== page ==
Indeed, the attack on Iraq had little to do with oil, or even 9-11. The Neo-Cons did, however, surely use oil as a selling point to cement their alliance with the Corporate Fascists, and with the oil companies, both of which groups are making a pretty penny on war.

      $2-5 trillion as the cost for the wars in Iraq and Afghanistan is unrealitically low.

      If both wars stopped tomorrow, care for wounded and mutilated US veterans alone may reach a trillion over the next fifteen years or so.

      Moreover, these estimates are not including the collapse of the dollar and its effects in their equations. My rough estimate, depending on what is counted, $7 to $20 trillion over the next fiften years.

      And that too may be low ball, even the high end.

      1. That estimate of $2-5 trillion was what I’ve seen very respected economists give, and it did factor in the cost of veteran care.

        I agree that it seems way too low.

        And I’m not sure if they were factoring in what would happen to the U.S. economy itself as the cost of gas to the consumer continues to rise.

        1. Yes, I have seen the same estimates, and they are way too low. Most factor in inflation and interest at one level or another. They do not, on the other hand, factor in currency collapse of the USD and its effects on the economy because, for the most part, they do not understand it (or refuse to believe it is possible).

          For example, Greenspan, the Ayn Rand groupie with an elementary degree in accounting, who was somehow put in charge of the Federal Reserve, a short while ago predicted that the USD might lose international reserve status around AD 2020, as I recall.

          In defense of economists, Gree nspan is not an “economist”, and never has been, but then Ayn Rand wasn’t an economist either, was she?

          At one point, Bernanke seriously implied he was lowering interest rates to stimulate the “economy”, including the collapsed real estate market.

          If he was not lying, and actually believed his own fantasy, it is a good sign–Aristole’s semeion–of how far gone the United States is.

          The simple answer to this fantasy is, “What economy”?

          In fact, the United States has been in recession for at least five years, concealed by credit and doctored figures.

          As most of the “economists” are now just figuring out, a major depression now looms.

          There is no question that the Iraq War and high oil prices were the precipitating factor, though the Clinton administration also contributed by getting rid of long term bonds.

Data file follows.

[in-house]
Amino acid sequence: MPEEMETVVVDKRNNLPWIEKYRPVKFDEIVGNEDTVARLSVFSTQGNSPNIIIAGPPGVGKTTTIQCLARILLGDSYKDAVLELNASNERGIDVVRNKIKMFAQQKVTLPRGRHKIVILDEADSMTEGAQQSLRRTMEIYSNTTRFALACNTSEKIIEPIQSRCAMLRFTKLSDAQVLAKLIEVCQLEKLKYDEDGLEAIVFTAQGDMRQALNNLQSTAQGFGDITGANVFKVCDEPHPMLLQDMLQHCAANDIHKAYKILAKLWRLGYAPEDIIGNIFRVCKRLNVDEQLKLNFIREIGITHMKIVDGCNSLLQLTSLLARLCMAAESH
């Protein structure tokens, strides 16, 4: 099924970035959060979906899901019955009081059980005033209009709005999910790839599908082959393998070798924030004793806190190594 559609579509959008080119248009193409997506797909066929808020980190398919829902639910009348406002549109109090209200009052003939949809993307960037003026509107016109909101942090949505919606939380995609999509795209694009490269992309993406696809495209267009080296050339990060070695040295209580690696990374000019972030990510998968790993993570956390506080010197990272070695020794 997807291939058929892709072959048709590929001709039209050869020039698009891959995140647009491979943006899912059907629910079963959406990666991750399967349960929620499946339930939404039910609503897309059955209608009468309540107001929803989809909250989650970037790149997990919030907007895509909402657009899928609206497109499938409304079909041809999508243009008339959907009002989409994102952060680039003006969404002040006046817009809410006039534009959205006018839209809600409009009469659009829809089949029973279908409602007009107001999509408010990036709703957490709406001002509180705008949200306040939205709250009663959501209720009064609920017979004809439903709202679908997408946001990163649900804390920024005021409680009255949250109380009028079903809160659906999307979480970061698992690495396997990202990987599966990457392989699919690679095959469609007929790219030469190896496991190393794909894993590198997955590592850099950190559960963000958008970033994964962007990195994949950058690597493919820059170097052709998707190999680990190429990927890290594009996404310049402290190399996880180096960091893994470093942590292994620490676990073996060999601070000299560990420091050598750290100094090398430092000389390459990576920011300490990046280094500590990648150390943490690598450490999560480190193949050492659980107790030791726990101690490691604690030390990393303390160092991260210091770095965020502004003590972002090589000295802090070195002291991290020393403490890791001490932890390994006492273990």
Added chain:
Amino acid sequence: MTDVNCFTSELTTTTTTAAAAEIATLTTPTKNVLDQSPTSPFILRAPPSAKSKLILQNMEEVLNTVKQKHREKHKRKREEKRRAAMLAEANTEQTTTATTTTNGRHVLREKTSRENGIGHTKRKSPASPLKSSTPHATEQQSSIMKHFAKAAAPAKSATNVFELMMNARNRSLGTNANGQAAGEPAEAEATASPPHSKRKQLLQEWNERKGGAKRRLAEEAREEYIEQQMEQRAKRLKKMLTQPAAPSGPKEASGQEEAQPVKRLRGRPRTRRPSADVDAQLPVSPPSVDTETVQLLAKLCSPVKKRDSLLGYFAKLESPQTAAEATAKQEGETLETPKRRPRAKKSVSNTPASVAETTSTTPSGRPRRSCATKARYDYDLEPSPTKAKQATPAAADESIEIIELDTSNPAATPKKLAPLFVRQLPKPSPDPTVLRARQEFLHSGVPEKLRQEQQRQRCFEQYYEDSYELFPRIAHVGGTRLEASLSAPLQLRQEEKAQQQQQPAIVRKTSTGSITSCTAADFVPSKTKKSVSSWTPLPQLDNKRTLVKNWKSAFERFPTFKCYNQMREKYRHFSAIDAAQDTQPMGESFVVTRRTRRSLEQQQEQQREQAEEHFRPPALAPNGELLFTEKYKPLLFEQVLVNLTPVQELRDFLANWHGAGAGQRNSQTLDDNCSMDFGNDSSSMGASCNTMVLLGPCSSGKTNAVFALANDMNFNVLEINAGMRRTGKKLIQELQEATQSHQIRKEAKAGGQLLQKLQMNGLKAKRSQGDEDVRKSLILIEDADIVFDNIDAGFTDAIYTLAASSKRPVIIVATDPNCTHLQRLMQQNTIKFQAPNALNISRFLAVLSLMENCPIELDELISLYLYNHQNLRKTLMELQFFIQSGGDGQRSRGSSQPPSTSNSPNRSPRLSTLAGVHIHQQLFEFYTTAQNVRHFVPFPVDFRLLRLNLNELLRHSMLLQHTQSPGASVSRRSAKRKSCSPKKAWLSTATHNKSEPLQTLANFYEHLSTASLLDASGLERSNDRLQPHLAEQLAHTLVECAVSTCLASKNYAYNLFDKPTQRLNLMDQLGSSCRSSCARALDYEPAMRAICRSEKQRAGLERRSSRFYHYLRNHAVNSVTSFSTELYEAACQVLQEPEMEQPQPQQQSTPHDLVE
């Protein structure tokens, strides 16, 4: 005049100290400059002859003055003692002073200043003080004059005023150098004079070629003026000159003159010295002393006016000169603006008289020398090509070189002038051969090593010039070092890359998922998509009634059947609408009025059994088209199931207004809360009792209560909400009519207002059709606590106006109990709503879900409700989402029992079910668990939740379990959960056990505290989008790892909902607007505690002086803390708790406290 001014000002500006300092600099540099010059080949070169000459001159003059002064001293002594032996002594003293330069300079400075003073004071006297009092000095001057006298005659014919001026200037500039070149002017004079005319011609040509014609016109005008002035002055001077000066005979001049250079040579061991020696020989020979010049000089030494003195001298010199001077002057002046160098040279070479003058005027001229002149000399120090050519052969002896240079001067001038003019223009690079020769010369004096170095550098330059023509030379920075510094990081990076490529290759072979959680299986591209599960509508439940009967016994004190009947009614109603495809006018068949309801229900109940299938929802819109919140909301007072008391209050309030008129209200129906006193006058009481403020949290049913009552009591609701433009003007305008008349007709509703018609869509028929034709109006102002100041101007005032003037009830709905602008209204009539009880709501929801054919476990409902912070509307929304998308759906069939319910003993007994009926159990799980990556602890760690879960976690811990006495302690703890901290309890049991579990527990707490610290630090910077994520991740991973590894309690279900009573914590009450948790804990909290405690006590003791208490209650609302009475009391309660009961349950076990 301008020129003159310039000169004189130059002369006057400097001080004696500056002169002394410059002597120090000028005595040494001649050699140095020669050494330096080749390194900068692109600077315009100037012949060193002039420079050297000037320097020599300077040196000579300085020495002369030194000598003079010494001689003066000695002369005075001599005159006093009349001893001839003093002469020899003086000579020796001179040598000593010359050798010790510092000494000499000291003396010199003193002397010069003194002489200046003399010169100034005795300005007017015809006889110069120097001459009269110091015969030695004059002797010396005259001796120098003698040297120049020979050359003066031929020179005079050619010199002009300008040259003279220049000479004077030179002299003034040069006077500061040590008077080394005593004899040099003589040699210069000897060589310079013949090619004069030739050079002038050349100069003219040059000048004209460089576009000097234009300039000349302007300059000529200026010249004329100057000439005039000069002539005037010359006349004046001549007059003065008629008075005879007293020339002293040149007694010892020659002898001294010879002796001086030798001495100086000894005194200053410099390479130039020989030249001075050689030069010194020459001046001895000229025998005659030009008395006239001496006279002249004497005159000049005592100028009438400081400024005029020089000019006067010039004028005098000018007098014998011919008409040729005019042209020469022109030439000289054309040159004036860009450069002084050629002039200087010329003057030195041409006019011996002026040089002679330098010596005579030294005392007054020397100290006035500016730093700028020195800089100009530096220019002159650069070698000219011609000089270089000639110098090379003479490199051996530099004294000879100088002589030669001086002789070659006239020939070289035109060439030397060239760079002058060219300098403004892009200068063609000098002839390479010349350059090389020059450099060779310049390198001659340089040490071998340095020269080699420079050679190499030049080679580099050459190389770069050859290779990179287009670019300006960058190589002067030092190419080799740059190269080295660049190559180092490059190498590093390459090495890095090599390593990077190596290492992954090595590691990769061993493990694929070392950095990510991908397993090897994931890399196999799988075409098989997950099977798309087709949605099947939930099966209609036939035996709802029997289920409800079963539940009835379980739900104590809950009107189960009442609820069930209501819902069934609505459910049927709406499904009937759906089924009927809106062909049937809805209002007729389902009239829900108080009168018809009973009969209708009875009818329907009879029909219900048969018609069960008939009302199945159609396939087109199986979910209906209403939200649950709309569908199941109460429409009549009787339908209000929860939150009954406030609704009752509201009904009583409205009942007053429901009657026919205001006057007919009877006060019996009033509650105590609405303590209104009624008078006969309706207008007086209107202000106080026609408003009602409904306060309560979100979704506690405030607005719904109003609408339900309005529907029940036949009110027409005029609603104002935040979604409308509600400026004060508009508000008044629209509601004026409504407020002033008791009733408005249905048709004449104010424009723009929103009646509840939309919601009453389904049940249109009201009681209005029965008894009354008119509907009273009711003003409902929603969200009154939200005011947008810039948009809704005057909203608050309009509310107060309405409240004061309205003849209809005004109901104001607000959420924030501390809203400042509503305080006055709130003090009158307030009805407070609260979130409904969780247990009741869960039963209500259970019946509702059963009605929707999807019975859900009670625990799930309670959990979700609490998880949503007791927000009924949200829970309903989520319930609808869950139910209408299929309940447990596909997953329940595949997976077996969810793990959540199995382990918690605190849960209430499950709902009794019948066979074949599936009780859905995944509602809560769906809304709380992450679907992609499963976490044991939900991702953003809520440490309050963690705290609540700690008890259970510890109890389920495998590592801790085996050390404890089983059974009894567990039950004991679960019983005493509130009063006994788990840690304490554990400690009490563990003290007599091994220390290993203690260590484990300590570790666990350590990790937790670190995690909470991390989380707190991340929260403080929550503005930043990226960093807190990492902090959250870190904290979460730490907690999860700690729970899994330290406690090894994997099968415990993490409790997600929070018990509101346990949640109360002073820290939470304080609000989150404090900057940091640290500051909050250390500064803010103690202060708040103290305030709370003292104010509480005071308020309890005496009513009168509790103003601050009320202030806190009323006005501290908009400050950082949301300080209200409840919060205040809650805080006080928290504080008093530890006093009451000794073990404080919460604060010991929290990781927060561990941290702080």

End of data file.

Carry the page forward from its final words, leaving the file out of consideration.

Still, the disaster that the Bush and Cheney administration have brought on the United States is close to mind-boggling in its extent.

          Are there manipulators behind the scenes doing it deliberately?

          It hardly matters. The degree of stupidity and incompetence displayed, sinister or not, is more monumental than any “conspiracy theorist” might easily dream up.

  4. This clown doesn’t “get it”
    “Today in the Middle East we certainly need a strong military”
    looks like one more interventionist to me.

    1. I agree–there is nothing in what Gilchrist says here that suggests anything but the vaguest acquaintance with what he purports to be talking about. He has discovered that Iranians are Shi’a it is true, and not “Arabs”, but at this late date that is small beer.

      In fact Farsi is an Indo-European language-is that what he is struggling to say?

      He also overestimates the Sunni and Shi’a schism, as most westerners and Americans do, usually trying to understand it in terms of Roman Catholic and Protestant, with the Sunnis as Catholics and the Shi’a as Protestants.

      This is a first grader’s erroneous imagery as these things go, and it reflects the Likud’s own analysis that fomenting “religious war” between Shi’a and Sunni qualifies as a workable foreign policy for Israel.

      The most obvious sign that he does not get it is his presumption that the United States must continue a “strong military” presence in the Middle East.

      1. Hmmm, except that about a third of the Iranian population are not Farsi speakers, nor for that matter, speakers of Indo-European languages (for whatever that's worth).

        I'm not sure what is particularly "Likud" in the analysis you project on them (which at any rate does seem to be Israel's foreign policy). The Likud is not nearly as ideologically monolithic as you portray it. Perhaps your education on the subject isn't as complete as you imagine. Maybe both Gilchrist and you should move on to the second grade.

    2. Agreed, but in the scheme of things, we need all the help we can get. On a spectrum consisting of McCain and Lieberman on one end and Ron Paul on the other, it is good to see another Republican who at least gets (some of) it. If I lived in his district, I’d give him a call of thanks and encouragement.

      Peace be with you.